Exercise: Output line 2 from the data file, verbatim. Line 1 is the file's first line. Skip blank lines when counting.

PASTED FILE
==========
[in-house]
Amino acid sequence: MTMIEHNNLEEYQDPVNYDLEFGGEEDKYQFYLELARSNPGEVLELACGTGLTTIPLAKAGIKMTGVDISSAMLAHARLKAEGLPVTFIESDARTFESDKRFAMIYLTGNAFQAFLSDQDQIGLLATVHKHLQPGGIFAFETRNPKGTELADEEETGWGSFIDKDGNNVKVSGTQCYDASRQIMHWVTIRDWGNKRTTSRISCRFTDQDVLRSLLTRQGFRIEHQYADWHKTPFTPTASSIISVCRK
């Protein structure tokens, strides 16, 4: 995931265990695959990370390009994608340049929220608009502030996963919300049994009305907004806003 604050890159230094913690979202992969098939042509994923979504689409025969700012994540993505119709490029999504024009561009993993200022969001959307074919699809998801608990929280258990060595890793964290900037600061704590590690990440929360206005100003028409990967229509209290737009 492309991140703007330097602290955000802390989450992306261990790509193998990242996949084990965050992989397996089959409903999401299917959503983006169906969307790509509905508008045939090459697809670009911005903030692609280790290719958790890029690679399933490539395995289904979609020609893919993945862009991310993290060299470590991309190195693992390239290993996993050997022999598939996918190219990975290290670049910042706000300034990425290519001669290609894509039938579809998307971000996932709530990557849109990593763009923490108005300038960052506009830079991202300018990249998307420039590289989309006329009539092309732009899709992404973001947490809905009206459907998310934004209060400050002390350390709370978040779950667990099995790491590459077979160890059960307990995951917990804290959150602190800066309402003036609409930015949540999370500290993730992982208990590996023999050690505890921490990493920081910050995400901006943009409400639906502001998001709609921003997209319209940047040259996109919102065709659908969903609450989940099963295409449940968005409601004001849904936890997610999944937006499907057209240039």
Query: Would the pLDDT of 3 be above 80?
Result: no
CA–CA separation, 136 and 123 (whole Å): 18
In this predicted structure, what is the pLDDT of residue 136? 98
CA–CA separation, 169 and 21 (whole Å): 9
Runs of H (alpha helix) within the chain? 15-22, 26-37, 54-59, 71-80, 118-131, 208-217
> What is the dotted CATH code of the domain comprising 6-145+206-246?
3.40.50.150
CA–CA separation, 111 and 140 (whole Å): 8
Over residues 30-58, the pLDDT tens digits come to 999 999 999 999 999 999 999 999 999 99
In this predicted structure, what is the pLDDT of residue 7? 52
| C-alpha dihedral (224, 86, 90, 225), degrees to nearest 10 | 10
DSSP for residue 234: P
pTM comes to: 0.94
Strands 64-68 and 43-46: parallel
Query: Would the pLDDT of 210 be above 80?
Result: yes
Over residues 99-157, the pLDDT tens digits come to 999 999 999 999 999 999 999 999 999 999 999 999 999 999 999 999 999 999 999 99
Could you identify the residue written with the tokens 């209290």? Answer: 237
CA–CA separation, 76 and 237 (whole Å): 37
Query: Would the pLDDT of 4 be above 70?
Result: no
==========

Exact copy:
Amino acid sequence: MTMIEHNNLEEYQDPVNYDLEFGGEEDKYQFYLELARSNPGEVLELACGTGLTTIPLAKAGIKMTGVDISSAMLAHARLKAEGLPVTFIESDARTFESDKRFAMIYLTGNAFQAFLSDQDQIGLLATVHKHLQPGGIFAFETRNPKGTELADEEETGWGSFIDKDGNNVKVSGTQCYDASRQIMHWVTIRDWGNKRTTSRISCRFTDQDVLRSLLTRQGFRIEHQYADWHKTPFTPTASSIISVCRK